When individuals have challenges that seem insurmountable, the answer may lie in communities’ building of an often ignored factor called ‘resilience’.
Those who recognise resilience as the fundamental tool for young people’s progress through adversity came together at the International Resilience Revolution Conference 2022 in Blackpool. They came to a town where the revolution is beginning: town-wide interventions based on the Academic Resilience Approach and Resilient Therapy developed by Professor Angie Hart, members of the University of Brighton’s Centre of Resilience for Social Justice, and community partners.
It is in Blackpool where Headstart funding has allowed the centre’s ambitions to flourish. Young people here are beating the odds that are against them and tackling challenges that include mental and physical health, domestic and school troubles, and potential barriers that societies put in their way. Through resilient measures, taken collectively, they are able to “beat the odds for individuals and change the odds” for the wider community. At the conference in March, young people and parents/carers came together with academics, funders, practitioners, artists and other community members to consider the ways the Blackpool-inspired revolution can be the first step towards a national change in the ways adversity is approached.
Professor Angie Hart and her team had lofty aims. They wanted to provide a unique and energetic learning space, one which would challenge traditional, individualistic concepts of resilience and instead focus on approaches that tackle inequalities and apply systems thinking. What they and the other participants developed was a study in co-production, from planning to delivery, bringing together young people, parents/carers, experts by experience and those who face additional barriers to participation. At the conference local young people were front and centre with displays of poster presentations from all ten of Blackpool’s Resilience Revolution Beacon Schools, and many inspiring young leaders took to the stage to share their work.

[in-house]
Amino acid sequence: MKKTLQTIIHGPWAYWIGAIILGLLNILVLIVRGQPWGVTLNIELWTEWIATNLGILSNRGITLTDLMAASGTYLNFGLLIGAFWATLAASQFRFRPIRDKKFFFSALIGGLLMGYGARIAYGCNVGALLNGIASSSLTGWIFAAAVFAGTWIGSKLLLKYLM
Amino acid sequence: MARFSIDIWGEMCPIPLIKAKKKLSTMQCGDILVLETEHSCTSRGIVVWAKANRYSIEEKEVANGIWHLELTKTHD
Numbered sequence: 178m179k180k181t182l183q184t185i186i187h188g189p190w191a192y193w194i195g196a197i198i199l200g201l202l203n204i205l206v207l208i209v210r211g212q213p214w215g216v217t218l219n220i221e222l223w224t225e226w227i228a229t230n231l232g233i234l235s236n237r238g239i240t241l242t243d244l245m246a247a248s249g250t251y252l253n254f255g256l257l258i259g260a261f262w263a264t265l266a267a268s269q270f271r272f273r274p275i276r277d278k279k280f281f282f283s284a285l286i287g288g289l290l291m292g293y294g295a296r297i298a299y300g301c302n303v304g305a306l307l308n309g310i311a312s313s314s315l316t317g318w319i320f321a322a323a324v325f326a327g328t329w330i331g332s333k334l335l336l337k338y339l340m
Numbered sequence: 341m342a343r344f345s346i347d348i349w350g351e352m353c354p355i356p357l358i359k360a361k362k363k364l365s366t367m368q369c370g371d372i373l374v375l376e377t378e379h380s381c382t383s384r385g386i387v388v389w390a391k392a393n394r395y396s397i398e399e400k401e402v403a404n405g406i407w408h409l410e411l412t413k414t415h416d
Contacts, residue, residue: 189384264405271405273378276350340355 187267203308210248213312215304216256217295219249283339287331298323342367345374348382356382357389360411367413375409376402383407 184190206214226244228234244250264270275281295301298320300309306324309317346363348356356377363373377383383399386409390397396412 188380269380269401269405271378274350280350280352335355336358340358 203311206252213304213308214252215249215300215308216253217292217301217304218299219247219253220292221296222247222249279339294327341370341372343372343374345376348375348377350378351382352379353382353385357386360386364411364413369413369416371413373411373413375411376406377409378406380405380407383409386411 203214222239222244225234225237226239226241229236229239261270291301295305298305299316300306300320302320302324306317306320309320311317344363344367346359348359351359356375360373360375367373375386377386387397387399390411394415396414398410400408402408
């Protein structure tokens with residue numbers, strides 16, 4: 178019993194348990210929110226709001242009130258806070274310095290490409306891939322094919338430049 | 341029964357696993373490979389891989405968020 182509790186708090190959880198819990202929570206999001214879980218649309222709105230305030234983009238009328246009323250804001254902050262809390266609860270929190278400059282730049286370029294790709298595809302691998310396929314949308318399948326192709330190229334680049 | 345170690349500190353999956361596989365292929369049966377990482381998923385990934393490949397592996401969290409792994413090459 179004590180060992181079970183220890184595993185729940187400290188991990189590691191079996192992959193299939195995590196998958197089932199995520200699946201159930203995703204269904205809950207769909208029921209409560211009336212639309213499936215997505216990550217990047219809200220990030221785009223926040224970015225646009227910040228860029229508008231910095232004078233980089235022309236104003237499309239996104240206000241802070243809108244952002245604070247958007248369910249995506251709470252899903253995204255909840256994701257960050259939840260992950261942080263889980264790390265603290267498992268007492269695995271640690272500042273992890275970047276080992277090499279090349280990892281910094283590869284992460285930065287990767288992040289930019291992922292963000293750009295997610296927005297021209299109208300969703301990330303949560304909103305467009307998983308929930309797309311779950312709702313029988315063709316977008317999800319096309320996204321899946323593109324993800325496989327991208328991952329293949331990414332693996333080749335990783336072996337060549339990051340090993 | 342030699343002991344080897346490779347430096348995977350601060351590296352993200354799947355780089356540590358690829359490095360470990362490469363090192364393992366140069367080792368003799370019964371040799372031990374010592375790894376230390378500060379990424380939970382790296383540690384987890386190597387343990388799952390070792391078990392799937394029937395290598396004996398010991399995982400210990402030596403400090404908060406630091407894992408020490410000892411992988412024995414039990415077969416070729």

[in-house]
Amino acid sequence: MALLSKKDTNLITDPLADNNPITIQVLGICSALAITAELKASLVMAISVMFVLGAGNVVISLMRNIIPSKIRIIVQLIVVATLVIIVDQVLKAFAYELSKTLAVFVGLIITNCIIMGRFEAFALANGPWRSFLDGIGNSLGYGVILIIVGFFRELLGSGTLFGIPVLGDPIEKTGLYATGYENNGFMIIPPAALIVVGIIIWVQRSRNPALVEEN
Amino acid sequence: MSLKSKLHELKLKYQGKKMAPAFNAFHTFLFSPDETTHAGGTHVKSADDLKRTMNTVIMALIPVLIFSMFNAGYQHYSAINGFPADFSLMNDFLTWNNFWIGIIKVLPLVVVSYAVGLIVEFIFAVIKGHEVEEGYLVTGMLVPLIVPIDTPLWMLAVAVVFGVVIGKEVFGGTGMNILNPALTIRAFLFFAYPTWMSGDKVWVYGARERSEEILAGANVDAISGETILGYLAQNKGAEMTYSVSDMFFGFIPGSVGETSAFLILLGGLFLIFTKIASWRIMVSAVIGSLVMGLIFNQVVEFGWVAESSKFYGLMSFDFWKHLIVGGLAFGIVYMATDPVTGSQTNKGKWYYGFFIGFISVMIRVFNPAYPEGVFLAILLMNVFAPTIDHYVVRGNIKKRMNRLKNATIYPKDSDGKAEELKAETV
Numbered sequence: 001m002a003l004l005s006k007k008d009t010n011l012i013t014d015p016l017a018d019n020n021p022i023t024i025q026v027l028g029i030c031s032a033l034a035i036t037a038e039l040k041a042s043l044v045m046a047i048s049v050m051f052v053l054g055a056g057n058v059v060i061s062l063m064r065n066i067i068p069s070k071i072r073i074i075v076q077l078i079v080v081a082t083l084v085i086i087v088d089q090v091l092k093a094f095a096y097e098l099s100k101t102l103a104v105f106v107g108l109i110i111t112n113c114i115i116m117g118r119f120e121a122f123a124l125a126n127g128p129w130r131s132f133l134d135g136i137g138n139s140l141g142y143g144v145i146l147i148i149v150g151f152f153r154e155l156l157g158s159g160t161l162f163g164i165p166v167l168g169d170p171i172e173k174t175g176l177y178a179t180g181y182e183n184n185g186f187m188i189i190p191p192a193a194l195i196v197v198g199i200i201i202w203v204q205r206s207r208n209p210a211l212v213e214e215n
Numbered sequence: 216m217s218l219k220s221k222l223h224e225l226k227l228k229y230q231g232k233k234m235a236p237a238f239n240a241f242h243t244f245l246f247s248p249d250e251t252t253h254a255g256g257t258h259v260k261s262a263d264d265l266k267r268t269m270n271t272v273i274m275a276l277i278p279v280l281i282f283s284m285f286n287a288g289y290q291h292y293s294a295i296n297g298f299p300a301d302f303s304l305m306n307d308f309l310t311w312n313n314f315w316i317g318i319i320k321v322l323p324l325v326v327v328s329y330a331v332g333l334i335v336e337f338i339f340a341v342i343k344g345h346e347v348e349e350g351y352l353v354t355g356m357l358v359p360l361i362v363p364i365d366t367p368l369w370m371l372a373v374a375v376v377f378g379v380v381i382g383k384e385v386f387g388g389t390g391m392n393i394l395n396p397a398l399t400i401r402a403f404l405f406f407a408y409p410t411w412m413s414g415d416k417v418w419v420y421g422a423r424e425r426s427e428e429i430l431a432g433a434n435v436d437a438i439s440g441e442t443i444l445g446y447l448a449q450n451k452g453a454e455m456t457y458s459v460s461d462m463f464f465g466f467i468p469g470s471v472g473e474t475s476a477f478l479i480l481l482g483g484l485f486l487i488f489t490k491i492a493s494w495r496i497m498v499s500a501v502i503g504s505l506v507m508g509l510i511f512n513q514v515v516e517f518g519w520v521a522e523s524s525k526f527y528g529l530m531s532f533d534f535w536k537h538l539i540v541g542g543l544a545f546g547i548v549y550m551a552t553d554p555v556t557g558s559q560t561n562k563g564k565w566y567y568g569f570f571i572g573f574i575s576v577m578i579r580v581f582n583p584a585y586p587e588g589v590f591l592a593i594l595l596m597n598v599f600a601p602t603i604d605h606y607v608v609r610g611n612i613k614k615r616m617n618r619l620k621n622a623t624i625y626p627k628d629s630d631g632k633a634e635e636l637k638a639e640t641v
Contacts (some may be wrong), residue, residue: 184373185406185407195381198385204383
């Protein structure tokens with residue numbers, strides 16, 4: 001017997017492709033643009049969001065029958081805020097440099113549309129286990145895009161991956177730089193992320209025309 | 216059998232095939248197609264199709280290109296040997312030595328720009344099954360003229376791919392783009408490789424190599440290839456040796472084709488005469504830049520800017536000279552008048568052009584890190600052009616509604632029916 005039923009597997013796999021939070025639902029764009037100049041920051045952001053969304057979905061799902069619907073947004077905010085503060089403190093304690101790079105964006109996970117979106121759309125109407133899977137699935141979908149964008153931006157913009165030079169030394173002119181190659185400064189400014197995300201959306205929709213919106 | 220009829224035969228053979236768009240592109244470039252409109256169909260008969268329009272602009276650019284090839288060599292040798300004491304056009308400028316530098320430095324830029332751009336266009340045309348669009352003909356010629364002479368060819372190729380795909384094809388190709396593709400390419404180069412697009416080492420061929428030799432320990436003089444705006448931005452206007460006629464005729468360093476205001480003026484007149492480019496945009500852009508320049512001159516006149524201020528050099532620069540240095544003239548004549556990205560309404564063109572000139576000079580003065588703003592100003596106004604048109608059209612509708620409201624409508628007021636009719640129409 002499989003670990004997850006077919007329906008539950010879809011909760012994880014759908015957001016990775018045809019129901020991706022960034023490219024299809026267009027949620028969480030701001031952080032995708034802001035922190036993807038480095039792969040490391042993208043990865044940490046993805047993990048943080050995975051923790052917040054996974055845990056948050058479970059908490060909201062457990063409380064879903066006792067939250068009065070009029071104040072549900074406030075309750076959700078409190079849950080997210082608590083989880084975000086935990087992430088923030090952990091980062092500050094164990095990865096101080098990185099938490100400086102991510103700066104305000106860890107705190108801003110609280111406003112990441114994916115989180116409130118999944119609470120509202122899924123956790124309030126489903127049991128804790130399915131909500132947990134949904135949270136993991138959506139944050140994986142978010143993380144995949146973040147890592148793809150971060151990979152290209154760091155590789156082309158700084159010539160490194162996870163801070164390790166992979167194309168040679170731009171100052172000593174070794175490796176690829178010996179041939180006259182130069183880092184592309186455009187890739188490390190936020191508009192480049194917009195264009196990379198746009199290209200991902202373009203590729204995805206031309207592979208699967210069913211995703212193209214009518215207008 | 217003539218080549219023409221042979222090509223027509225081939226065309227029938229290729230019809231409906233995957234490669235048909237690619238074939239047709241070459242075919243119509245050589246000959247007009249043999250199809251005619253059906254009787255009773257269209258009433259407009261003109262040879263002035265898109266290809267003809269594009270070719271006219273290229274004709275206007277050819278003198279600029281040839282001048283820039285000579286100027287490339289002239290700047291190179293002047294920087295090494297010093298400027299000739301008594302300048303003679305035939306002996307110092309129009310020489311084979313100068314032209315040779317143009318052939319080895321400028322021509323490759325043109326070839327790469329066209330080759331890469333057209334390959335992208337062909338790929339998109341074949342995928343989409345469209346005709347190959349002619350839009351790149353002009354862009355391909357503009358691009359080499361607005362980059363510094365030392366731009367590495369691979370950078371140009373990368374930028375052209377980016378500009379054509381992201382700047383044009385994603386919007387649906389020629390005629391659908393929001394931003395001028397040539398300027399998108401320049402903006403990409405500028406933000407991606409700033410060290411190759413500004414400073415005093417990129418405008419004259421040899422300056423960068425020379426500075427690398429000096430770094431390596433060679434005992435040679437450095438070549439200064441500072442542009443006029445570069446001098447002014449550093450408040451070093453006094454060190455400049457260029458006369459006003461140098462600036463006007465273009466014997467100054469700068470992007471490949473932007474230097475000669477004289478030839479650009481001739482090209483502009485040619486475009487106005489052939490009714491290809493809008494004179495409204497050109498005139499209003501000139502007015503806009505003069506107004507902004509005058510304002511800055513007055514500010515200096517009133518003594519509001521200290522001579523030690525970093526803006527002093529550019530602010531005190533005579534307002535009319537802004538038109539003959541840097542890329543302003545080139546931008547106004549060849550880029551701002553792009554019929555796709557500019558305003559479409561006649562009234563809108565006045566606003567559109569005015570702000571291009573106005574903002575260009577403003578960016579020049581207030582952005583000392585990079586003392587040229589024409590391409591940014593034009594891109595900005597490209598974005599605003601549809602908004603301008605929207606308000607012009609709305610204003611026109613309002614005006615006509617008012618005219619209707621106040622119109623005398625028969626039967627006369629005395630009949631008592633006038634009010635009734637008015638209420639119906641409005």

Recognising resilience with an activist twist came through the Blackpool Youth Climate Group co-producing solutions in Blackpool.. They introduced their work undertaken as part of University of Brighton student Viktoria Erlacher’s South Coast Doctoral Training Partnership PhD on mental health and climate change. Cultural and cross-cultural aspects of resilience were discussed by the HeadStart Newham Youth Panel as part of the University of Brighton led Nothing About Us Without Us Project funded by the Medical Research Council. There were stories of resilience of children living in homeless B&Bs by Samantha Harper from the Shared Health Foundation, examples of how to create resilience-friendly classrooms for newly immigrated and, Story-led Resilience: Arts as a Tool for Social Change by Blackpool Grand Theatre’s Young Resilient Storytellers, the later based again on Hart and collaborators’ Resilient Therapy.
Award winning cartoonist Harry Venning spent some time capturing the essence of the Resilience Revolution in his famous doodles and delivered several workshops with some of the young people in attendance.
In his keynote, Professor Isaac Prilleltensky from the University of Miami said:
There is an urgent need to understand and foster the collective good to foster resilience in our communities. In the absence of a coherent framework for the common good, it will be extremely difficult to control pandemics, address climate change, promote peace, reduce poverty, tackle discrimination, eliminate injustice, achieve equality, and become resilient communities.
While frameworks for personal well-being and resilience abound in psychology, conceptualizations of collective well-being and resilience are scarce. Our search for psychosocial foundations of the common good resulted in the identification of three pillars: wellness, fairness, and worthiness. [These are] … used to formulate a culture for the common good in which we balance the right with the responsibility to feel valued and add value, to self and others, in order to promote not just wellness but also fairness.
Director of the Centre of Resilience for Social Justice, Professor Angie Hart, summed up the benefits of the conference in the context of the Headstart Resilience Revolution and the increasing impact of hers and colleagues’ work in Resilient Therapy:
We are already beginning to see benefits from all the toil and trouble involved in hosting such a complex conference. Closer relationships have been forged with established research partners especially for those of us who were lucky enough to meet up face to face in Blackpool. Many of us now have a much deeper understanding of what other people are doing and feel we can get stuck in with new research partnerships with a spring in our steps and more common ground. We were thrilled to be able to share some of our exciting co-produced work in Blackpool and have already heard that others are planning to put some of our ideas into action, most notably expanding their own co-production efforts.
Find out more about the work of our Centre of Resilience for Social Justice.